While visiting Poland in 1976, I heard about a book. It was called Anti-Semitism Without Jews: Communist Eastern Europe, and it was mentioned to me because the Jews of Poland, once numerous, had almost entirely been murdered — yet the hatred of them persisted. The title of that book popped into my head in the aftermath of the slaughter of 11 Jews in Pittsburgh by an anti-Semite. President Trump, not to mention Republicans in general, denied any connection between the shooting and the president's rhetoric. They are either historically ignorant or moral cowards.
First, their ignorance. They do not appreciate that, in both style and rhetoric, Trump's anti-Semitism, like that of Eastern Europe's, is "without Jews." He himself lacks the prejudice. He was born and raised in the resplendently Jewish city of New York. His daughter converted to the religion, and his grandchildren are being raised as Jews. His associates — once Roy Cohn and later Michael Cohen — have been Jews, and he is supported by major Jewish donors such as Sheldon Adelson, whose wife, Miriam, lost family in the Holocaust. Trump is not a Jew hater.
But he has adopted or embraced the mind-set of an anti-Semite. He does not rebut the stereotype of the villainous rich Jew, that latter-day Rothschild, George Soros, who is seen as the deus ex machina funding the caravan of the desperate wending its way north from Honduras. In Soros' native Hungary, where he escaped Adolf Eichmann's roundup — more than 437,000 Jews were sent to Auschwitz — Soros is literally the poster boy of all the standard anti-Semitic tropes, especially that of the amoral Jewish cosmopolite.
In the United States, the cliche of rootless amoral Jews has been replaced by a media with the same odious characteristics. Jews have long been associated with journalism — in 19th-century Vienna, the word "journalist" was analogous with Jew — and in 1941, Charles Lindbergh, a steadfast isolationist, made matters clear in a speech in Des Moines, Iowa. What he called "war agitators" consisted of three groups: "the British, the Jewish, and the Roosevelt administration." These "agitators," he added, are "only a small minority of our people; but they control a tremendous influence. Against the determination of the American people to stay out of war, they have marshaled the power of their propaganda, their money, their patronage."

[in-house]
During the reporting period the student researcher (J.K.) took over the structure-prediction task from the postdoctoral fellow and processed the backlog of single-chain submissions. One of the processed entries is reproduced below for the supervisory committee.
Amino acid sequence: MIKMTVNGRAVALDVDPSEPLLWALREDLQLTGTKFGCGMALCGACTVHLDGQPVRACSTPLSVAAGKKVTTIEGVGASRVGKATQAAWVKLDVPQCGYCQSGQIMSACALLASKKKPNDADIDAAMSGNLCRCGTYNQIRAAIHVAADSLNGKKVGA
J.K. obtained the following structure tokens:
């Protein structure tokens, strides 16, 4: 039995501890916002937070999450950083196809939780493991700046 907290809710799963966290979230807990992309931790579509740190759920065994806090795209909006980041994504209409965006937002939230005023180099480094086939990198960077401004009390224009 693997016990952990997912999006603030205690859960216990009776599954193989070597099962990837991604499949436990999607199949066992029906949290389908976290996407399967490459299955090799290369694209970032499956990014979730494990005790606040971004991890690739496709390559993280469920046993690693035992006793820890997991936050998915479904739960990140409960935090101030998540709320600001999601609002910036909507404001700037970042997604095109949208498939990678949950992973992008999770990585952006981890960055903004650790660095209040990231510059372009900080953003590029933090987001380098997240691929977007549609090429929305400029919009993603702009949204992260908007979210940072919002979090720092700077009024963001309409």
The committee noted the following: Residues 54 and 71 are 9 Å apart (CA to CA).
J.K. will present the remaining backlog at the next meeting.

Only crackpots talk that way today. But the fundamentals remain. In Trump talk, the media remains the enemy of the American people. It lies. It lies because it is evil. It lies because it is un-American. Trump relies on the predicate for this belief, which was established years ago when the three television networks and some major newspapers were controlled by Jews — and if Trump does not know this, anti-Semites sure do. Jews no longer control, but stereotypical "Jewishness" endures.
In the belief system of Trump and his followers, the media account for so much that is wrong with America. It is false for the sake of being false, and it is false in sneaky, underhanded ways. This is nothing new, of course. President Richard M. Nixon went after the press in a similar way, and his vice president, Spiro Agnew, made it one of his themes. But no administration has made media-bashing a matter of policy — not merely a way of rebutting criticism but a way of governing, of disestablishing truth and facts.
This is a kind of fascism or, the economic program aside, communism. The ruling party doesn't have opponents or critics, it has enemies — "enemies of the people," in this case journalism. The rhetoric strips the opposition of any standing, any legitimacy. It is not a party in temporary opposition. It is a party in permanent sedition.
Trump had been frank about his intention. Lesley Stahl of CBS News told an audience in May that Trump told her he wants to "discredit" and "demean" the media "so when you write negative stories about me, no one will believe you." But it's far less clear that he realizes what encouragement he offers to conspiracy believers, of which anti-Semitism is the most adaptable and durable.
I don't necessarily see the homicidal act in Pittsburgh as proof of a resurgence of American anti-Semitism. A far more certain danger is the validation Trump has offered those who believe in all sorts of conspiracy theories. In spirit and in essence, this is anti-Semitism that so far lacks only Jews. History, though, warns that the vacuum will be filled. It's up to Trump and his morally dormant Republican Party to ensure that Pittsburgh remains a spasm of the awful past — and not a harbinger of an even worse future.
Richard Cohen writes for the Washington Post Writers Group.